May-June, 2006, Issue 38
THE POSITIVE AGING NEWSLETTER
The Positive Aging Newsletter by Kenneth and Mary Gergen
Dedicated to productive dialogue between research and practice.
Sponsored by the Web-based Health Education Foundation and the Taos Institute
Issue No 38
In this issue:
A friend of ours is approaching her 90th birthday, and has just embarked on a project to redecorate her living room. She wants the room painted a different color, new furniture, pictures to match the décor, and more. Such decoration is scarcely required. Her present quarters are quite sufficient to her needs. Is her decision, then, irrational, a failure to simply accept the facts of life? On the contrary. As we see it, this flight of fantasy makes a substantial contribution to her well-being. She is looking beyond the plain and acceptable to create a space that adds a degree of sparkle to everyday life. To continue on the routinely functional path is secure enough, but unremarkable and uninteresting. It is the imagined world of the not yet real that generates the zest for living.
In effect our friend is engaging in what Morris Berman once termed the enchantment of the world. There is something about "the plain facts" that drains life of significance. It is only when we place value in something that life takes on its zest. Thus, if life is to be engaging, inviting, and compelling, means of adding enchantment to the ordinary are required.
What would this mean in practical terms? The possibilities are endless, but we have been struck especially by the ways in which some people can make an occasion of otherwise mundane events. By adding a flower to the breakfast table, calling distant friends on their birthdays, saving a chocolate for just the right moment, setting out for a walk in a beautiful place, playing favorite music while preparing dinner, wearing a robe that feels especially good, choosing a special film to share, or lighting an incense stick at bedtime, we have enchanted our world. These are not instrumental actions, means to exterior ends, but inject value into the ordinary as an end in itself.
Ken and Mary Gergen
Berman, M. (1981) The Re-enchantment of the World. Ithaca, NY: Cornell University Press.
What kind of models of aging do we provide to future generations? Our actions and attitudes are not neutral. They enter society to create models for the future. The importance of this point is demonstrated in research on a younger (mean age 20 years) athletes. As the first phase of the research demonstrated, the young athletes viewed their aging process with anxiety and apprehension. In part this is due to the extensive amount of time and energy they spend developing a ‘high performance’ body for their sport, and the significance they attach to sustaining their identity as an athlete. For them, growing old is associated with inevitable physical decline and subsequent loss of athletic performance. It is therefore primarily viewed in negative terms.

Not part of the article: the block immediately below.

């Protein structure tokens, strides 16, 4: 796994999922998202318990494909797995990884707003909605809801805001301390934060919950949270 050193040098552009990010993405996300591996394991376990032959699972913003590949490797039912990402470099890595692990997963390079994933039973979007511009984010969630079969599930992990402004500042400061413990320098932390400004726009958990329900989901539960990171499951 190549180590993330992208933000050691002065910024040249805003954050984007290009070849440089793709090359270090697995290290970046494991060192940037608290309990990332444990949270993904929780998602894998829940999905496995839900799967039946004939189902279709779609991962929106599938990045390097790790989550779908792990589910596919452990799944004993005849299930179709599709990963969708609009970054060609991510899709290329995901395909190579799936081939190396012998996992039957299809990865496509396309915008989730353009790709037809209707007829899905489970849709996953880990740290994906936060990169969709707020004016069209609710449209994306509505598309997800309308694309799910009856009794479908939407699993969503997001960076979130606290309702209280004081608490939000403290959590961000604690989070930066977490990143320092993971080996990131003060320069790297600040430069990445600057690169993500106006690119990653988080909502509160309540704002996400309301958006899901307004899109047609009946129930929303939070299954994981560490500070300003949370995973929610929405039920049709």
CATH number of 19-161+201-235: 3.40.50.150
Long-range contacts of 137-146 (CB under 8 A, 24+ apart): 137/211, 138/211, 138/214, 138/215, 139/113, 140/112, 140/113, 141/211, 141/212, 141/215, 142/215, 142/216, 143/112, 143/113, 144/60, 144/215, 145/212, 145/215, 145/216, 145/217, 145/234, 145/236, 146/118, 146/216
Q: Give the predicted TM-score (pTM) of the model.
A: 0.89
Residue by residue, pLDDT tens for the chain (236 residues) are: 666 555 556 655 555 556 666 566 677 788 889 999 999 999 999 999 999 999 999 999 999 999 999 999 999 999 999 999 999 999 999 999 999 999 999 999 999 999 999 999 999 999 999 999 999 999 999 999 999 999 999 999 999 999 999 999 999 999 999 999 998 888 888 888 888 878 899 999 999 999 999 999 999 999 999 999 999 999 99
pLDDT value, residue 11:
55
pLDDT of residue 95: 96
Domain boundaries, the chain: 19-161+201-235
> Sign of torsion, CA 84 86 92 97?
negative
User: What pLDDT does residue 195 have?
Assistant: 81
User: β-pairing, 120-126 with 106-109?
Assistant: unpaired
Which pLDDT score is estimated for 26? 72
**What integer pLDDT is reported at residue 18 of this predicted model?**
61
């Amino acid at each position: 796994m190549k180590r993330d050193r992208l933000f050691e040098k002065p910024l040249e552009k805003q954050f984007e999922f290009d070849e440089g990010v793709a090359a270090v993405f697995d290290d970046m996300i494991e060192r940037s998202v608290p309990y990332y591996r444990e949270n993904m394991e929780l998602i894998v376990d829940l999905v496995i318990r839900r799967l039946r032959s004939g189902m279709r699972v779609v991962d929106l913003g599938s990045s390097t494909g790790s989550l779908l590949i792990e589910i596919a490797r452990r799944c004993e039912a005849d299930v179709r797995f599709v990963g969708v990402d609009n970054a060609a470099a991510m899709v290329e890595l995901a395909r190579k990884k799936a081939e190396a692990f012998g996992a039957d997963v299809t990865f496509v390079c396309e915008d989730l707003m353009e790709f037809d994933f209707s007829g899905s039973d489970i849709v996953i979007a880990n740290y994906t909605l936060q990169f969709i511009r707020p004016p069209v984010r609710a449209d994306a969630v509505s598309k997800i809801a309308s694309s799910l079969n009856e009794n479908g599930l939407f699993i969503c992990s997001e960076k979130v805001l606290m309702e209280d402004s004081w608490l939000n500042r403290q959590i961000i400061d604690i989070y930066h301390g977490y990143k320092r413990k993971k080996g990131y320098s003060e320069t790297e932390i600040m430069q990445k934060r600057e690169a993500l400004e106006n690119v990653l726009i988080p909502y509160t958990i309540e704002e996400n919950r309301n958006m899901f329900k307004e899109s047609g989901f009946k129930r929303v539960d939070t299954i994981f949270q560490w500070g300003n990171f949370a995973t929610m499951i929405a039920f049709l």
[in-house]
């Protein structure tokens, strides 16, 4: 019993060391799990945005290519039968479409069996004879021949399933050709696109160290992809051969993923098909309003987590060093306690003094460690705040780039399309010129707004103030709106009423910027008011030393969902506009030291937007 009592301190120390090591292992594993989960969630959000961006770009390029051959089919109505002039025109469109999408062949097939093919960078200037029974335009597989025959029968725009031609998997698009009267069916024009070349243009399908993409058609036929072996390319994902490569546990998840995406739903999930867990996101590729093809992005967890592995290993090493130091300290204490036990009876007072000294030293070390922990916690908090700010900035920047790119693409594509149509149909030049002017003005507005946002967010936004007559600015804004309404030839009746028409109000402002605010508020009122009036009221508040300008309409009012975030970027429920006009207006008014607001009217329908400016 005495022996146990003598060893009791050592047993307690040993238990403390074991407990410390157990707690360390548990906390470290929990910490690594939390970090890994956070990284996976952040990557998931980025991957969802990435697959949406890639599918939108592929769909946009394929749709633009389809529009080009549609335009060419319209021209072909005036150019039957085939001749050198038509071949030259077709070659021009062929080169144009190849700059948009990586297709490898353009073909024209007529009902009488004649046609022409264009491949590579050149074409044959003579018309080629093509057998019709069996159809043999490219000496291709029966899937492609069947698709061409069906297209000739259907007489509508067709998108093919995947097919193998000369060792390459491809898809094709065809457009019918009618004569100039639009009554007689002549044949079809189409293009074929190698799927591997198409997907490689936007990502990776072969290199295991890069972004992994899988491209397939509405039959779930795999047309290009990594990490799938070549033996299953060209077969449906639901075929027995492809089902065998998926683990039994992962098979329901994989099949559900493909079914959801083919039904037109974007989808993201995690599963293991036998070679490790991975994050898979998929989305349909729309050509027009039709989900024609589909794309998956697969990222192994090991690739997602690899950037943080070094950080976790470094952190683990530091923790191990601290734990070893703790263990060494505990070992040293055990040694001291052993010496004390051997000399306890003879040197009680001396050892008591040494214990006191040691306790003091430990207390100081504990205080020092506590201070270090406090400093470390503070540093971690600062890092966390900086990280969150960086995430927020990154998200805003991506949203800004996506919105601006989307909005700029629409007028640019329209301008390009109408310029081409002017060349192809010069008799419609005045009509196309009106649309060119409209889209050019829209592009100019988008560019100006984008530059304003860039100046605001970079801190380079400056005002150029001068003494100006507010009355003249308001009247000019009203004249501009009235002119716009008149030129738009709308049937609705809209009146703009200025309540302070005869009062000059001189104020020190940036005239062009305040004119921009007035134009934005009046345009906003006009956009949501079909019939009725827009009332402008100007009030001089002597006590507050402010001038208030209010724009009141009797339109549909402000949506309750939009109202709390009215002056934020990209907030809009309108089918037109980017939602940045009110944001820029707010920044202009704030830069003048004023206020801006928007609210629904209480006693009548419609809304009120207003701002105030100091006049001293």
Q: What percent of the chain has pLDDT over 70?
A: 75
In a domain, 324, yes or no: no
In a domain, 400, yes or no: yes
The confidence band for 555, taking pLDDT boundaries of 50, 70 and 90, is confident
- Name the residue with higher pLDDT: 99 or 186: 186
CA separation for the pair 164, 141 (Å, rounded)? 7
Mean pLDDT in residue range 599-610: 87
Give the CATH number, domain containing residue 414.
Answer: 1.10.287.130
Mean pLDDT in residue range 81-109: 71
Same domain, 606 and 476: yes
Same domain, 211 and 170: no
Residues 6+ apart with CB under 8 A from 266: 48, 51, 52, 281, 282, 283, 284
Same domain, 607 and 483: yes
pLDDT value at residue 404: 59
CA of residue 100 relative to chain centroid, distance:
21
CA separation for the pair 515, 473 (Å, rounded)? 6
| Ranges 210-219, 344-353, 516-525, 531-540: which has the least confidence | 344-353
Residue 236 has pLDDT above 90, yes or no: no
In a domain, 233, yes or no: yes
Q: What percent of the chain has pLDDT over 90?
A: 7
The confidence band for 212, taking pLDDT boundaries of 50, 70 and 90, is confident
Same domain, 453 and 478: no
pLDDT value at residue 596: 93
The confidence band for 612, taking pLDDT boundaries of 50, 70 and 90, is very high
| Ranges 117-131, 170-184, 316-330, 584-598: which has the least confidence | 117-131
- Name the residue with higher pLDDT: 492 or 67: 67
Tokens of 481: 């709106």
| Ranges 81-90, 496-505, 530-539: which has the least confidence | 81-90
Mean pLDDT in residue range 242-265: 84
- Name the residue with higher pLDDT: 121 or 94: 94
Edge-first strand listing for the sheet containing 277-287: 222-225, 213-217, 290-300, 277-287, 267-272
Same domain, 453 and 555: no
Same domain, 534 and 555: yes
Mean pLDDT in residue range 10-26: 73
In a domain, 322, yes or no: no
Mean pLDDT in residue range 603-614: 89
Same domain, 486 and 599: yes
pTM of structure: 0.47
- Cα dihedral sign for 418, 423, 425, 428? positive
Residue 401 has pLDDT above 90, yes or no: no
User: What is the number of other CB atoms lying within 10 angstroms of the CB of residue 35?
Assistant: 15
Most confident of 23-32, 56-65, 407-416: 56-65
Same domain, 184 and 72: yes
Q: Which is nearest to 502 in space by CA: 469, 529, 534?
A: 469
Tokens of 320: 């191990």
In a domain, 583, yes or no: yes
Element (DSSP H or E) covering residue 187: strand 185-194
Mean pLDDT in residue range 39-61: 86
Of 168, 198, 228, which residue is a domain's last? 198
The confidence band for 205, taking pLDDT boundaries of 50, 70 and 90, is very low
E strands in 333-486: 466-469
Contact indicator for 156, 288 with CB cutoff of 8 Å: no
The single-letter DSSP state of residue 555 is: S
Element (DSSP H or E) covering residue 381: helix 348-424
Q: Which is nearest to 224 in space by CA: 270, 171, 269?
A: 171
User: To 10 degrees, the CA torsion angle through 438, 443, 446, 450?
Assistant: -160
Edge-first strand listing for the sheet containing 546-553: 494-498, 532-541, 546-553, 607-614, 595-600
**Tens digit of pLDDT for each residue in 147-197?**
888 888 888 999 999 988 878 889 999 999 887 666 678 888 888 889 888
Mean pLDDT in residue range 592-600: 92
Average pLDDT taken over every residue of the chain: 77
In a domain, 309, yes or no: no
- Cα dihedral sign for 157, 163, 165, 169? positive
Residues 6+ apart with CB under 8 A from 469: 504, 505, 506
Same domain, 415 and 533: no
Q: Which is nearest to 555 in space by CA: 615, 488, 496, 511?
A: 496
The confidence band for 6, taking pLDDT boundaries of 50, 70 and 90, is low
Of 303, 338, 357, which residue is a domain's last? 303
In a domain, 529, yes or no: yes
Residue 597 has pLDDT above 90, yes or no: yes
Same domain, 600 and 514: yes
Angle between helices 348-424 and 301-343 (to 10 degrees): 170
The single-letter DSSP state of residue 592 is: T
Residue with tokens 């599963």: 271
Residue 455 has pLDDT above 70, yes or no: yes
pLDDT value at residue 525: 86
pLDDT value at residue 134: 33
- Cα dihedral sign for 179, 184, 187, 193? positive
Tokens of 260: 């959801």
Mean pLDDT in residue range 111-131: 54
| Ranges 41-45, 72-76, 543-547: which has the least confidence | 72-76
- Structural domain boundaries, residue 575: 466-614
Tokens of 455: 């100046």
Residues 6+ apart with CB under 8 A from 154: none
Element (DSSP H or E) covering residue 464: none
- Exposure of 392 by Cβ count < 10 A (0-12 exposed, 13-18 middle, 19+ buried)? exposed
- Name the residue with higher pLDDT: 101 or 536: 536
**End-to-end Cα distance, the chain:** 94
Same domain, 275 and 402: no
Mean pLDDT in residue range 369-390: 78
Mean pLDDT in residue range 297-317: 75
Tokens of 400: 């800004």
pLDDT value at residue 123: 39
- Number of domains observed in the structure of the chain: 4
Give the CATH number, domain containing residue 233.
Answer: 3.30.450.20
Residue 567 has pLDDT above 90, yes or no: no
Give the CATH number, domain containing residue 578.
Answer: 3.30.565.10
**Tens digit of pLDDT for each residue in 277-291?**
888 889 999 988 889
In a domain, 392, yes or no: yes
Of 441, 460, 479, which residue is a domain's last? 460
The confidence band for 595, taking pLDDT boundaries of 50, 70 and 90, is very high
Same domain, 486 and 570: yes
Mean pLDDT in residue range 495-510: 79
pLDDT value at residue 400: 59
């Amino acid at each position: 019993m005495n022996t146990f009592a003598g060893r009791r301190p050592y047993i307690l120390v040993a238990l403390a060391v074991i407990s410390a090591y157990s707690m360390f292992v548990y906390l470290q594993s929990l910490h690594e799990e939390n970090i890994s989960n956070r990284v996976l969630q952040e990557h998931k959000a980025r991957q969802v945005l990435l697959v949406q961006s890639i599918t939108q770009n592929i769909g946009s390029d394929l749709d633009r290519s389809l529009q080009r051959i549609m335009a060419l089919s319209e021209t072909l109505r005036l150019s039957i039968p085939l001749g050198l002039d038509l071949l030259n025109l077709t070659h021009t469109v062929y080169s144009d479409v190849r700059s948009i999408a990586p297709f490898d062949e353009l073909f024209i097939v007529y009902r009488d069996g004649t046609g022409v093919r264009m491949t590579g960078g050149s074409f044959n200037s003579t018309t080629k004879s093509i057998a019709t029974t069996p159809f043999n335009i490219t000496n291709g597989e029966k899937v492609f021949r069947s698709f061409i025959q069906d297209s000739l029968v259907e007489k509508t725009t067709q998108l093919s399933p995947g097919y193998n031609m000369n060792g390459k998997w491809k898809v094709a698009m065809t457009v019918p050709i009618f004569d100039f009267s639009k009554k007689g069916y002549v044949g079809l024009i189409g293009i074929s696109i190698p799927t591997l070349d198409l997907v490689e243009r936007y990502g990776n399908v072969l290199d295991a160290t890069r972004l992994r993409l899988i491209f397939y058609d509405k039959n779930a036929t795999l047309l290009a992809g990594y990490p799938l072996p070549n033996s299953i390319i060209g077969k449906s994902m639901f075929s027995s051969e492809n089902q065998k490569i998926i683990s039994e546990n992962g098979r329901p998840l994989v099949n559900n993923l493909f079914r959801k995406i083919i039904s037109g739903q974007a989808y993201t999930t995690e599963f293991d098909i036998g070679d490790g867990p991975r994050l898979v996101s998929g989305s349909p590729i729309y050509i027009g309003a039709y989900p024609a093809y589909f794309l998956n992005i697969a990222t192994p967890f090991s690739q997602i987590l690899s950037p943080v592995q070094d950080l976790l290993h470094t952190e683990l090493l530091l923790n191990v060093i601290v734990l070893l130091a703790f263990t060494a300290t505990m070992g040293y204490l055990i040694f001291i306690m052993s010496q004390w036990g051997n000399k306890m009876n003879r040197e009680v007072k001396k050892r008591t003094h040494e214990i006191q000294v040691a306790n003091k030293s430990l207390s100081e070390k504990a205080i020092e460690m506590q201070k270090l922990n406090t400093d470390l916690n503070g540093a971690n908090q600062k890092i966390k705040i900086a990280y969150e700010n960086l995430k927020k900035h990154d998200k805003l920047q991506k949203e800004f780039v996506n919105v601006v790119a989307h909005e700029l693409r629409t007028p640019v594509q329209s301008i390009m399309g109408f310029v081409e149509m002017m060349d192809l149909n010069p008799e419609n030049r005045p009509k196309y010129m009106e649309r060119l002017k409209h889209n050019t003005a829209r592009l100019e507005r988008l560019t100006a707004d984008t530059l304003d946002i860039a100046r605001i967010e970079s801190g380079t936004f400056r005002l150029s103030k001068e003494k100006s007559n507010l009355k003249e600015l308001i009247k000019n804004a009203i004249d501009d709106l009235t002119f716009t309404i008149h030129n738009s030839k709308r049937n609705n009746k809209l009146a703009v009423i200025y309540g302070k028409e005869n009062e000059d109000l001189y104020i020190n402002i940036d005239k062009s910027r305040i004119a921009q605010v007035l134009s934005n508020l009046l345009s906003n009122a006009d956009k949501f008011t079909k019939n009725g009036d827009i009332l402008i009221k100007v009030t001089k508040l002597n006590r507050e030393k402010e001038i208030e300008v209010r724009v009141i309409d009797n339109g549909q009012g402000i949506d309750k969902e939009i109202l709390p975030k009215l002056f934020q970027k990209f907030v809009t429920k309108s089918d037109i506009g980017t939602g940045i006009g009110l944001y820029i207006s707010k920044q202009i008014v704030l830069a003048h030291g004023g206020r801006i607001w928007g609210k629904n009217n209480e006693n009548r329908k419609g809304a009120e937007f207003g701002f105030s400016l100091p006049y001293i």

In the second phase of the research, twenty-two of the participants were interviewed. Here, the researchers explored where these participants gathered information about growing old, given that none of them had first hand experience of ‘being old’ themselves. Two groups were especially important in informing the young athletes’ perceptions of self-aging: family members and older team mates. In particular, parents and grandparents were influential in shaping the ways the young athletes anticipated their own middle and old age respectively. The older family members project ‘narrative maps’ of what it is like to grow older, from which the young develop perceptions and anticipations of their own aging. In this sense, older people can be models of positive aging, which may create a brighter future for the next generation or two.
From: Phoenix, C. & Sparkes, A. C. (2006 in press). Keeping it in the family: narrative maps of ageing and young athletes’ perceptions of their futures. Ageing and Society. Email: H.C.Phoenix@exeter.ac.uk
Using the 10,000 plus members of the population-based Swedish Twin Registry, these researchers were able examine the relationship between doing difficult, intellectual jobs as a career choice and later being diagnosed with either Alzheimer’s Disease or Dementia. Decline was diagnosed by giving the sample a cognitive impairment test, followed by a full clinical examination. The participants in the study reached 65 years of age in 1998, so all of them are at least 73 or older now. The researchers controlled for the influences of age, gender, and level of education in order to explore whether doing more complex work reduced the risk of these diseases. They found that, indeed, those that engaged in greater complexity of work - both with data and with people - were less likely to be diagnosed with Alzheimer’s or to evidence dementia. Presumably, a process of continuous engagement in complex challenges continues to support high cognitive functioning, even after retirement from a profession.
From: Complexity of work and risk of Alzheimer’s Disease: A Population-Based Study of Swedish Twins by Ross Andel, Michael Crowe, Nancy L. Pedersen, Jams Mortimer, Eileen Crimmins, Boo Johansson, and Margaret Gatz. Journal of Gerontology, PSYCHOLOGICAL SCIENCES, 2005, 60B, P251-258.
* THE MULTIPLE JOYS OF MUSIC